The World Bank agreed on Tuesday to provide Egypt with the second tranche worth $1bn of its $3bn total loan aimed at supporting job creation and spurring growth, according to a statement from the bank.
Asaad Alem, the World Bank’s country director for Egypt, Yemen and Djibouti, said that the bank is happy to continue supporting Egyptian reform programmes aimed at creating jobs and increasing the competitiveness of Egypt’s business institutions.
As news of the loan broke, the value of the Egyptian pound depreciated on Tuesday as the US dollar registered a new record high against the pound.
The exchange rate hit EGP 19.40 for buying and EGP 19.85 for selling at its highest, while the lowest value was set at EGP 19 for buying and EGP 19.20 for selling.
The official exchange rate at the Central Bank of Egypt (CBE) was estimated at EGP 19.1530 for buying and EGP 19.5605 for selling, up from EGP 18.8088 for buying and EGP 19.1157 for selling on Monday—an increase of EGP 0.3442 for buying and EGP 0.4448 for selling.
The exchange rate has been seeing hikes since the beginning of the week. Bank officials attributed it to the high demand on the greenback.
According to Osama El-Menilawy, assistant general manager of the financial sector at a private bank operating in Egypt, the high demand on the dollar is caused by companies finalising their budget and foreign companies repatriating their profits abroad, next to the usual demand by importers.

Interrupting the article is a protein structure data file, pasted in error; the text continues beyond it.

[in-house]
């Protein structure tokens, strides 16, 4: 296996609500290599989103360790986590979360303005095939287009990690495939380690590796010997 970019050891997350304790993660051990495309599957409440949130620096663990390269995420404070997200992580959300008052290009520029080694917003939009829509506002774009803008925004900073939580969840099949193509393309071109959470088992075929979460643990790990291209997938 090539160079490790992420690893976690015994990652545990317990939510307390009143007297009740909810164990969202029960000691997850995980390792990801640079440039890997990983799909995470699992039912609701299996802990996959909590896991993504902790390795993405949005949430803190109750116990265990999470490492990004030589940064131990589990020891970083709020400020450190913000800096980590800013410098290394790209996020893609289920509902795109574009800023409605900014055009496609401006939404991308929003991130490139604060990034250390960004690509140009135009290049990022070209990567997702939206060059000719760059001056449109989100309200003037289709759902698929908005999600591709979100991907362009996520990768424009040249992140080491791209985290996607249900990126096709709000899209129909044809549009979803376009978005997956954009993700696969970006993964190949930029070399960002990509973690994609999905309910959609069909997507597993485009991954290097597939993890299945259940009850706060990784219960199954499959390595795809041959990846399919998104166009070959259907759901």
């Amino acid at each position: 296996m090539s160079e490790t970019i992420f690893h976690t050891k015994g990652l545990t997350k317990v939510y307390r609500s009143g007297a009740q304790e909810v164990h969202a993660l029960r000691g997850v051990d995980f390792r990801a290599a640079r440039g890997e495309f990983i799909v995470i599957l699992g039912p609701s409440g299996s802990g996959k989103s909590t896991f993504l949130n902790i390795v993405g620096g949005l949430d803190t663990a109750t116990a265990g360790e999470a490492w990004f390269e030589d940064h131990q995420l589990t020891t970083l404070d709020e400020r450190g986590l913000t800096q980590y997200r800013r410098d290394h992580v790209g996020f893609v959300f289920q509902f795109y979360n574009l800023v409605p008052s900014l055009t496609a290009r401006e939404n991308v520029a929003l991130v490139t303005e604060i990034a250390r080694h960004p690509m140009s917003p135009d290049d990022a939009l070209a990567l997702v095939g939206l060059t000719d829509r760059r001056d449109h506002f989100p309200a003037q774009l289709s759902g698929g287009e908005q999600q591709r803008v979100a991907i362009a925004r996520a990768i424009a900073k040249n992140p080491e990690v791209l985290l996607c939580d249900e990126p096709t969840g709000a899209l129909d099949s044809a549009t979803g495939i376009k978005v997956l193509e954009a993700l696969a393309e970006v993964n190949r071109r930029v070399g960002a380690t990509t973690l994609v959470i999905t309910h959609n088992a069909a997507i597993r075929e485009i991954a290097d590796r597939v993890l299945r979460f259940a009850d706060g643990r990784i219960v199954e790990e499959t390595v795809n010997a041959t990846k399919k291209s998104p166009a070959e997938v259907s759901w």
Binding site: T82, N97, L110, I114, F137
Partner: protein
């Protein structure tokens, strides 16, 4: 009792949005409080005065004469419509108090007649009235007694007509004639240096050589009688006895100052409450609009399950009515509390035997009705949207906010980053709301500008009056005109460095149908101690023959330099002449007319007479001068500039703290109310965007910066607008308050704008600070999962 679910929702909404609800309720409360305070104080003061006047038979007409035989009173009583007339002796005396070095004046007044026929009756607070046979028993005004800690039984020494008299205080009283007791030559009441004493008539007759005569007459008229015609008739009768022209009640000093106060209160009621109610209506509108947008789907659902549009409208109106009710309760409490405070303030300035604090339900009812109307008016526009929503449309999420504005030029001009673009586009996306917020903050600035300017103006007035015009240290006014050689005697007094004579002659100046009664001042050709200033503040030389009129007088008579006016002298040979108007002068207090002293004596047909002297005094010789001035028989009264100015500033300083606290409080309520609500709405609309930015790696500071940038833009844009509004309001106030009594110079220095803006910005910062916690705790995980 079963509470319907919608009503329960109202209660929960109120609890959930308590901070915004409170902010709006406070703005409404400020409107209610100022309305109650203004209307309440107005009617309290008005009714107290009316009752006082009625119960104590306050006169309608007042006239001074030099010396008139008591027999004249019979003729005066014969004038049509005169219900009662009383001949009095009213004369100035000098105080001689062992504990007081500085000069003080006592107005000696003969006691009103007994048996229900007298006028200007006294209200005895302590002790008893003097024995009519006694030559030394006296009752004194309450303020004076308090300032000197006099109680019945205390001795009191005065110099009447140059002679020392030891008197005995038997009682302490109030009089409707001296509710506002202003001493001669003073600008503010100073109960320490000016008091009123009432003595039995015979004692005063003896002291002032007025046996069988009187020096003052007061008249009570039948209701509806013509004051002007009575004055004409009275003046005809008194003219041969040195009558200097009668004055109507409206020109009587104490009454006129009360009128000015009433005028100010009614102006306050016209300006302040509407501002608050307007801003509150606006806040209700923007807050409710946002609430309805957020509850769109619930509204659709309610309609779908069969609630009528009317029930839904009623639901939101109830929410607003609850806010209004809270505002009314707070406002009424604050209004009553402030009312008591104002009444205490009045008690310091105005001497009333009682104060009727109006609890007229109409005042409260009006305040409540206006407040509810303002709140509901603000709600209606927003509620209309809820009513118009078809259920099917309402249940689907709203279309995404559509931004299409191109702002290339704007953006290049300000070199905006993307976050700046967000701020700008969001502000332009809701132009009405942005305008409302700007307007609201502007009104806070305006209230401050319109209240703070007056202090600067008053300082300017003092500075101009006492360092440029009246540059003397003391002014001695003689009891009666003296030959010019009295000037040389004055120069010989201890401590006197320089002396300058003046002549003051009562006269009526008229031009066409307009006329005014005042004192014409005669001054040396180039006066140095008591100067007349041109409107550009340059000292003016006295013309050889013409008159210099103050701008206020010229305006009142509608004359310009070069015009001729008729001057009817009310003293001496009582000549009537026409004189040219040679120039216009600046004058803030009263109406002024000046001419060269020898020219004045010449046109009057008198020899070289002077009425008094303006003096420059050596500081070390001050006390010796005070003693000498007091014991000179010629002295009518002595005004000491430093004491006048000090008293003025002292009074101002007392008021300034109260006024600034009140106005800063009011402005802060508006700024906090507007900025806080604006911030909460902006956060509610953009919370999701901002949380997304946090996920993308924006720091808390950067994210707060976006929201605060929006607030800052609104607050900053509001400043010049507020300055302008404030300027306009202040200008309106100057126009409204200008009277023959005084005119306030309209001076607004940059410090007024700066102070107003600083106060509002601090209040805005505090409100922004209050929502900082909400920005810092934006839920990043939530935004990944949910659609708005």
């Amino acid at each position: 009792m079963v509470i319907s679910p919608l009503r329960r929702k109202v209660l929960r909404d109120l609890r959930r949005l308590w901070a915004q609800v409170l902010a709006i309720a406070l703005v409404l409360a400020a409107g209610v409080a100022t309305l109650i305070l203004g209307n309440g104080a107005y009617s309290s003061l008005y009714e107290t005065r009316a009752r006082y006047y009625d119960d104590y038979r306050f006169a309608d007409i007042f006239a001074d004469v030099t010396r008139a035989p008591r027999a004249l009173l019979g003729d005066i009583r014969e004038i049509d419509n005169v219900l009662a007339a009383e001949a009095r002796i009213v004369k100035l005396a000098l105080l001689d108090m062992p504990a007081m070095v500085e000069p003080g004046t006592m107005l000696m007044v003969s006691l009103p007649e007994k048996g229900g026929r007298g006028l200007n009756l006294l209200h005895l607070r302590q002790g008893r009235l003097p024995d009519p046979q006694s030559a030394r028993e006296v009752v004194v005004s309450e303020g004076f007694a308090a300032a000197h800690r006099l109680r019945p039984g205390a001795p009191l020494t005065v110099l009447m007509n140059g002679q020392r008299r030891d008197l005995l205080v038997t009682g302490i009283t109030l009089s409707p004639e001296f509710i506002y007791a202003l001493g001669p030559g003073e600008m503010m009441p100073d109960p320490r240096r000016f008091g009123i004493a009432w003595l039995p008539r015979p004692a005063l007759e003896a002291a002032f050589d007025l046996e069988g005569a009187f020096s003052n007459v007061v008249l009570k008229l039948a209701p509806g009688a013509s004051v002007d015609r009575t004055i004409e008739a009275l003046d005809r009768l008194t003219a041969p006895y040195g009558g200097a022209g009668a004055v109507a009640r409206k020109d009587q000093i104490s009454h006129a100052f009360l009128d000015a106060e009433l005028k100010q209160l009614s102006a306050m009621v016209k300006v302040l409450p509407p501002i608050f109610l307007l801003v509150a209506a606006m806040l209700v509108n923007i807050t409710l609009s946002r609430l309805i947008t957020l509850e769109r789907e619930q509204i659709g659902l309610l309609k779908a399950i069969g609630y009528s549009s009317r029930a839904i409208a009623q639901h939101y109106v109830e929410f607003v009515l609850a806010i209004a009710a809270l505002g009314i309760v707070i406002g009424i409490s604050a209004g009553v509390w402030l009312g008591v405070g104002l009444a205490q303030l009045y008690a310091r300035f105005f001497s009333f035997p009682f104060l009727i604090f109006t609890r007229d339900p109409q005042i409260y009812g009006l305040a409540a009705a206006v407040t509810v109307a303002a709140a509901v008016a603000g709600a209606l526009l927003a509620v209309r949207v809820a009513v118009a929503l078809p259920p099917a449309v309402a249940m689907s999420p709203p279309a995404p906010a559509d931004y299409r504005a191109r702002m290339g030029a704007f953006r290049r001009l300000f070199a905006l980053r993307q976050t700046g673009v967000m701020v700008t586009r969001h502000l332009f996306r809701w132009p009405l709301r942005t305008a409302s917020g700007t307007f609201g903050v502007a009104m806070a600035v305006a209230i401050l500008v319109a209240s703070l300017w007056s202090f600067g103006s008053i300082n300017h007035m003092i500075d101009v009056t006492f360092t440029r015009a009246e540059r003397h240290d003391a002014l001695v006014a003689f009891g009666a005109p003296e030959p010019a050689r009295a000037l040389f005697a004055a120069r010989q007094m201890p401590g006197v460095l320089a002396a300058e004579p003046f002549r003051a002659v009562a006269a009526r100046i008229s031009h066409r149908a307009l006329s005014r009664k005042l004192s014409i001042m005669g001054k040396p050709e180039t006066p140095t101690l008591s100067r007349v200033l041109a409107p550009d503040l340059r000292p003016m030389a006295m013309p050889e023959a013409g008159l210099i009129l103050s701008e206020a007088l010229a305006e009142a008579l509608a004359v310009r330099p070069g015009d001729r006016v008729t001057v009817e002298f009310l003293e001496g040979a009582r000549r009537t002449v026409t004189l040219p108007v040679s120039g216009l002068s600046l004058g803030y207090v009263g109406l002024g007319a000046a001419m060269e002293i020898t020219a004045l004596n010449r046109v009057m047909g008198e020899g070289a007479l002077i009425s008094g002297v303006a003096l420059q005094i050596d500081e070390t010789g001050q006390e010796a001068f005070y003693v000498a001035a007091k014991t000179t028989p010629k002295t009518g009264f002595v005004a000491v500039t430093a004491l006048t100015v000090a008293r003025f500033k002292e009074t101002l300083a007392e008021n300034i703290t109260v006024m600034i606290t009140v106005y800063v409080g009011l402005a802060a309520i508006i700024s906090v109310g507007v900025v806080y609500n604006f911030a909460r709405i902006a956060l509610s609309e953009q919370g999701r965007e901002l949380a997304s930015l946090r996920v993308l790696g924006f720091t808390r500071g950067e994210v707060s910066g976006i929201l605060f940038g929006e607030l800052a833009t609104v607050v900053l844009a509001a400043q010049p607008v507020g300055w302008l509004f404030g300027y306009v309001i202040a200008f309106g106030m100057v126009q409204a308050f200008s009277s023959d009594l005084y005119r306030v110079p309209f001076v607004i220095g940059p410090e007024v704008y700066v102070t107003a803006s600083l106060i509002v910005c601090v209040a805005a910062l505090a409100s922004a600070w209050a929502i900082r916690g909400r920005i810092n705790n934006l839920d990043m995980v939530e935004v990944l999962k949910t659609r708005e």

He added that foreign companies are worried about the exchange rate going further up; hence, they buy now to curb their losses.
Moreover, some importers believe they can import and make profits at the current rate, according to him.
He stressed that the rising exchange rate is nothing to worry about. “This is the nature of a free exchange rate driven by supply and demand,” he added.
In addition, he explained that the US dollar price will continue to rise as long as the demand continues with no resources to cover it until it stabilises.
He noted that it will be hard to predict that level in a free market, as the Egyptian market is new to this experience.
Meanwhile, the Egyptian Exchange (EGX) closed at its highest level at 12,148 points, driven by the exchange rate hike at banks on Tuesday.
The EGX increased by 3.37%, supported by foreigners’ purchases worth EGP 112m, while Egyptians bought shares worth EGP 10.8m and Arabs EGP 101.2m.
The market capital reached EGP 602.2bn during Tuesday’s trading.
Hany Helmy, chairperson of Al-Shorouk Brokerage, said that the decline of the Egyptian pound’s value against the US dollar tempts investors to invest in the EGX as a financial tool that they use to offset their losses.